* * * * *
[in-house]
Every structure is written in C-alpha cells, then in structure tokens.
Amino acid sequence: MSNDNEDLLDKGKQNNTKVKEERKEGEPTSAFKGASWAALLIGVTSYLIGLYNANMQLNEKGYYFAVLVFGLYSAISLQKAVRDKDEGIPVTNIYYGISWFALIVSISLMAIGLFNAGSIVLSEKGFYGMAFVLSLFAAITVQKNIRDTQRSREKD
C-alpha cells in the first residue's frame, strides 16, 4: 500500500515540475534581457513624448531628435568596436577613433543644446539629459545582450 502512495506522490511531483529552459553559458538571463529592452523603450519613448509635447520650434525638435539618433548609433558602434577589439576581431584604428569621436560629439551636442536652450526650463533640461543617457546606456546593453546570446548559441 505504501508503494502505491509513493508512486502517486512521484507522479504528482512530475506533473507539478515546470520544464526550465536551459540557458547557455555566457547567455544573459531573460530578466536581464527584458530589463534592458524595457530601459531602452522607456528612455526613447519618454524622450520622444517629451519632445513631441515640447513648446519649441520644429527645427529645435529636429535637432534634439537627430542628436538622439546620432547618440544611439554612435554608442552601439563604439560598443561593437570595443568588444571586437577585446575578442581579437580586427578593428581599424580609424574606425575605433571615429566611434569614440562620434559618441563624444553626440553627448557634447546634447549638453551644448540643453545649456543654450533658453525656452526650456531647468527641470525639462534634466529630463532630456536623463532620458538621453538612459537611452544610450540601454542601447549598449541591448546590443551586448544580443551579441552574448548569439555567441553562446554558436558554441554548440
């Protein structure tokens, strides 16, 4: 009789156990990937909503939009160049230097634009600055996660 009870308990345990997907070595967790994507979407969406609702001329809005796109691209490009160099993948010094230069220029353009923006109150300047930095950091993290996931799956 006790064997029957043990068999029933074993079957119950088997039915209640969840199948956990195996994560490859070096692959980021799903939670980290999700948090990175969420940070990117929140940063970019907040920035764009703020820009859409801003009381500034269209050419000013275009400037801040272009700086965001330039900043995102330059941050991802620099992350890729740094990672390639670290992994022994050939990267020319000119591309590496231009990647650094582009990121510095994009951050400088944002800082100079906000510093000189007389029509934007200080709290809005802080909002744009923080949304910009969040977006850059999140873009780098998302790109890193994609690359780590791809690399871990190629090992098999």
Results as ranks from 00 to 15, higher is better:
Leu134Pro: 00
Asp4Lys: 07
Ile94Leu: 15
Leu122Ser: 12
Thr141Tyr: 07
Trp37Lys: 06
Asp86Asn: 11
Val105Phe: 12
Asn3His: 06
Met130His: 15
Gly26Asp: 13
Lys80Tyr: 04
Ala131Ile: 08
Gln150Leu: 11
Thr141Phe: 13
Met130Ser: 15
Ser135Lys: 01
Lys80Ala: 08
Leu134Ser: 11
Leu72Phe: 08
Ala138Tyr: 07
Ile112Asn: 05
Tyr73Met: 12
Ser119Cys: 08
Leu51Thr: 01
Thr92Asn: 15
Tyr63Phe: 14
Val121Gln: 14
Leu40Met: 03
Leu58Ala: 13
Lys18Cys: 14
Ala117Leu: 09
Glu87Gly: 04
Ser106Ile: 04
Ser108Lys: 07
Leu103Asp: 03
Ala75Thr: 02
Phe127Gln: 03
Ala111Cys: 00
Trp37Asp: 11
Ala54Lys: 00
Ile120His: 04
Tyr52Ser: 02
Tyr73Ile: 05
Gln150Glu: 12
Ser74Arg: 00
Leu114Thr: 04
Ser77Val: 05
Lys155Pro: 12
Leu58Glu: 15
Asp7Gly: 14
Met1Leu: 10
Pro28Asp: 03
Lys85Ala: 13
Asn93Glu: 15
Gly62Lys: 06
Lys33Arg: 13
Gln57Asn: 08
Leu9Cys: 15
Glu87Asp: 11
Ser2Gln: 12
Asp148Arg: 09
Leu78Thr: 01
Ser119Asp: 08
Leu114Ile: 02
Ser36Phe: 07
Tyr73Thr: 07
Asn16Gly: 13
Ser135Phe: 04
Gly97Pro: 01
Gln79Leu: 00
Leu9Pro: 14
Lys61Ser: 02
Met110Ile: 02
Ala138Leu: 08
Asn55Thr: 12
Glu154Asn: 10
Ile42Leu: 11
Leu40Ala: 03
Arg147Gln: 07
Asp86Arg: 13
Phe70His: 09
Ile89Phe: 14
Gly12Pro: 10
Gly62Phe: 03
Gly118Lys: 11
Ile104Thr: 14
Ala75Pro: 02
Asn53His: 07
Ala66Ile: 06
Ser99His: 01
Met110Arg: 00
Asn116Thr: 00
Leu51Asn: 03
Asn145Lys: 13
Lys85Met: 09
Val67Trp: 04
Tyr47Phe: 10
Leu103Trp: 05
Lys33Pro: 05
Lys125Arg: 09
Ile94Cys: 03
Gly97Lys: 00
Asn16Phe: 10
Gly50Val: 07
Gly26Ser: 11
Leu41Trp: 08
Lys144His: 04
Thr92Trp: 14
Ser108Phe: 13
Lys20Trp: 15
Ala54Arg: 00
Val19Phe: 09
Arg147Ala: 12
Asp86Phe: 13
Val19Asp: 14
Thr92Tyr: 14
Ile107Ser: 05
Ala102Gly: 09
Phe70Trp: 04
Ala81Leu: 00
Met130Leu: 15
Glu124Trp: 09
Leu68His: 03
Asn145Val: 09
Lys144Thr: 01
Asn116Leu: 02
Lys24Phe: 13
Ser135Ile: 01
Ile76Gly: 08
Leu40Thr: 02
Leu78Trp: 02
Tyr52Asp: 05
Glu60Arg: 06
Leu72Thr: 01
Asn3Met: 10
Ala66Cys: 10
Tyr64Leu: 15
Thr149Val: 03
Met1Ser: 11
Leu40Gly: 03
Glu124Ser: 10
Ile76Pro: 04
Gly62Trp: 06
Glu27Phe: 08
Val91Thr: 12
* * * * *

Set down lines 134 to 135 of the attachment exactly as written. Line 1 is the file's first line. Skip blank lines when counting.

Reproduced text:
Lys24Phe: 13
Ser135Ile: 01